When you’re building your travel setup, the final goal is essential. Do you want to escape to campgrounds for the weekend, or are you trying to explore hard-to-reach places with a capable rig? If you prefer the latter, you need to look into your overland tent options. What tents are right for overlanding, and what are the pros and cons of owning one?
What Is an Overland Tent?
Virtually any tent for camping is suitable for overlanding. Whether you have a hammock tent or a beefy rooftop setup, it all falls under the same header. Overlanding is less about the gear and more about where it takes you. Even so, certain tents are more often associated with overlanding. Here are some of the features that make some tents more attractive to overlanders:
- They have a more rugged and masculine appearance compared to other alternatives.
- They can withstand extreme weather conditions, including heavy snow and high winds.
- They can take hard use and abuse, such as this RTT that survived a 4Runner flipping while offroading.
- Manufacturers design them for long-term accommodations as opposed to the occasional weekend use.
- Some mount directly to the vehicle, such as truck bed tents and rooftop tents.
What Are the Pros of a Good Overland Tent?
Most people think of rooftop tents when they talk about overlanding gear, so these pros and cons center around RTTs. However, many of the points also apply to other tents.
If you don’t mind the extra weight, an overlapping rooftop tent can give you a better perspective of your surroundings. They may offer less headroom than most standard tents, but chances are you’ll only be sleeping inside anyway. These tents also make it easier to see approaching vehicles or animals.
More Flexible Sleeping Arrangements
Overland tents offer similar space as standard tent options. However, an even larger tent can house sleeping areas for several people and their gear. You can expand RTT spaces by adding annexes. These provide privacy for the area below your tent. They also make it easier to get up and down in unfavorable weather.
Strong Weather Resistance
If heavy rains cause a few inches or even a foot of water to invade the camping spot, people in ground tents will likely get wet. Even if they don’t, the water could start to move their camping gear.
A camper in a rooftop overland tent can sleep through the night and wake up dry in the morning. Some rooftop tents also hold up better to wind storms. RTT owners with wedge tents often point the wedge into the wind. The wind passes over the roof without damage and with very little disturbance inside.
Most tents provide room for sleeping and not much else. Overland tents often provide additional room for protecting expensive gear from the elements. Rugged hard-shell tents also provide extra room for storage onboard. Some of these tents often have mounting systems so owners can add their shovels, axes and solar panels.
Because companies build them with long-term use in mind, these tents are often easier to ventilate than traditional options. They usually have larger openings, so you’ll get better airflow no matter how hot it is outside. Some tent manufacturers design doors to double as windows, which makes it easy to enjoy the view and get in from multiple angles.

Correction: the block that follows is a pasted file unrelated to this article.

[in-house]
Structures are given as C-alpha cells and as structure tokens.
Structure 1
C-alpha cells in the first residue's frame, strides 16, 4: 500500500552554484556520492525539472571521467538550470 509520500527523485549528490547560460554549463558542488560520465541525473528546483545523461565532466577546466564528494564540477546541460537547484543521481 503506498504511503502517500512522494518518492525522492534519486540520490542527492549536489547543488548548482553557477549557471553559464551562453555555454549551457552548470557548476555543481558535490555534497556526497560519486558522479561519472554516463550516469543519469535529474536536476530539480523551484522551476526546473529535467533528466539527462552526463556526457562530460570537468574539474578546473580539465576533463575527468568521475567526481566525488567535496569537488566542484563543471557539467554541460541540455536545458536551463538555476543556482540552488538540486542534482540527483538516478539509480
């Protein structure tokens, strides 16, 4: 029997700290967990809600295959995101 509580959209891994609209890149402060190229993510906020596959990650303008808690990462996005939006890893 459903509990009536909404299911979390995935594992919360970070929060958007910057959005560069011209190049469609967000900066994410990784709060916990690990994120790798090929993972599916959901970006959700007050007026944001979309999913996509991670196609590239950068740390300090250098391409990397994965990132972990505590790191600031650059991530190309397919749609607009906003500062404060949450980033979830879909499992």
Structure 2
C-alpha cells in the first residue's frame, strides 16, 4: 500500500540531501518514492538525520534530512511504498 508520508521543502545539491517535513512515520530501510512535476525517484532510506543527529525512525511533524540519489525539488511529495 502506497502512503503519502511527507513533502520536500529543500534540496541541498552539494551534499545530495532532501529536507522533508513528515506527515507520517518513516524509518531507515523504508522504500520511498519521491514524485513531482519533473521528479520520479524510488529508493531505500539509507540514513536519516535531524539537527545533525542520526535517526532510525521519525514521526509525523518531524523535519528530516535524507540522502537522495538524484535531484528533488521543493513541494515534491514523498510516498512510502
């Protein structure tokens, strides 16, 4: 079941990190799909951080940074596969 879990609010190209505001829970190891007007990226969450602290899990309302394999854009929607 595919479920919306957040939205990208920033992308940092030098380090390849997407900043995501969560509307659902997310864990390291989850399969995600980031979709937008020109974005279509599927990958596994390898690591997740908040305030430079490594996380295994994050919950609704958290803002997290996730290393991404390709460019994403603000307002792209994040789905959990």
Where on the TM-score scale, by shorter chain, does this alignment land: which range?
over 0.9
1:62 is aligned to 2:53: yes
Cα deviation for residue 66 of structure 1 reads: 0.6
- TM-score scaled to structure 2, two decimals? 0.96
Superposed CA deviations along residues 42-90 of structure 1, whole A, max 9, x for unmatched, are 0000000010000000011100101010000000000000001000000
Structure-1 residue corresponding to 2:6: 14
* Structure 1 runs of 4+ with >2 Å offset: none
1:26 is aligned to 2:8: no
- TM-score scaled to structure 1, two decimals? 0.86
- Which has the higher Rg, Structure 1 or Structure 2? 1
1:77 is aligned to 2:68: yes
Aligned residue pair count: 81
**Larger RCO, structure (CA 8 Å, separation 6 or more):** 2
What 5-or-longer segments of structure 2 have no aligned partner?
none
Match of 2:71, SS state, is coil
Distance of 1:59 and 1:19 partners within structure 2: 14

To be fair, no tent is 100% secure. The only known “tent” with a secure locking feature is the Redtail Overland Skyloft, and it is not yet available for sale.
Even so, with the right design and locking mechanism, an overland tent can be more secure than a standard option. For example, the sturdy bucket-like base of the Gazelle T4 tent makes it much more difficult for a snake or other critters to get inside. Similarly, a thief can steal something from inside an RTT, but taking the actual tent would be difficult.
What Are the Cons of Owning an Overland Tent?
Overlanding gear has countless benefits, but they are not without downsides. Knowing these ahead of time can help you find ways to mitigate them before buying a new tent or taking your next trip.
High Price Tag
If it has the word “overland” in the name or the description, you can bet it will be expensive. Overlanders often spend thousands of dollars modifying their vehicles. Manufacturers know it and price their gear accordingly. Quality also comes at a high price. Gear that potentially has to hold up to haboobs and wild animals needs premium materials to keep people safe.
People can almost always spot an overlander by the rugged look and the RTT mounted to the roof. Sadly, sometimes these people are thieves. Where there is a pricey tent, there is often also costly gear. Consequently, your rig could become a target for opportunists who know the resale value of trackpads, axes, generators, guns and other expensive gear overlanders often take to camp.
Overlanders often drive thirsty, capable rigs with big lifts and even bigger wheels. None of these modifications improve a vehicle’s MPG. Manufacturers usually take this as their cue to focus on other details besides the boxiness and weight of the gear. Consequently, they can often weigh a lot. If you have a low payload or you’re towing an overlanding trailer, keep this in mind.
What Are the Best Practices for Finding a Good Overland Tent?
Think carefully about how you camp and what you want to improve. For example, if you know your soft-shell tent is too heavy for your rig, a hard-shell tent is not an upgrade. You should also be mindful of your budget. Overlanding is an expensive hobby, and a tent is one of the priciest additions. You can pay significantly less by buying used gear.
Your overland tent should provide shelter in most grueling conditions, so prioritize quality. Talk to other owners to see what they love and hate about their tents and choose an option that best meets your needs. Check out our blog for more information about finding the right tent for your setup.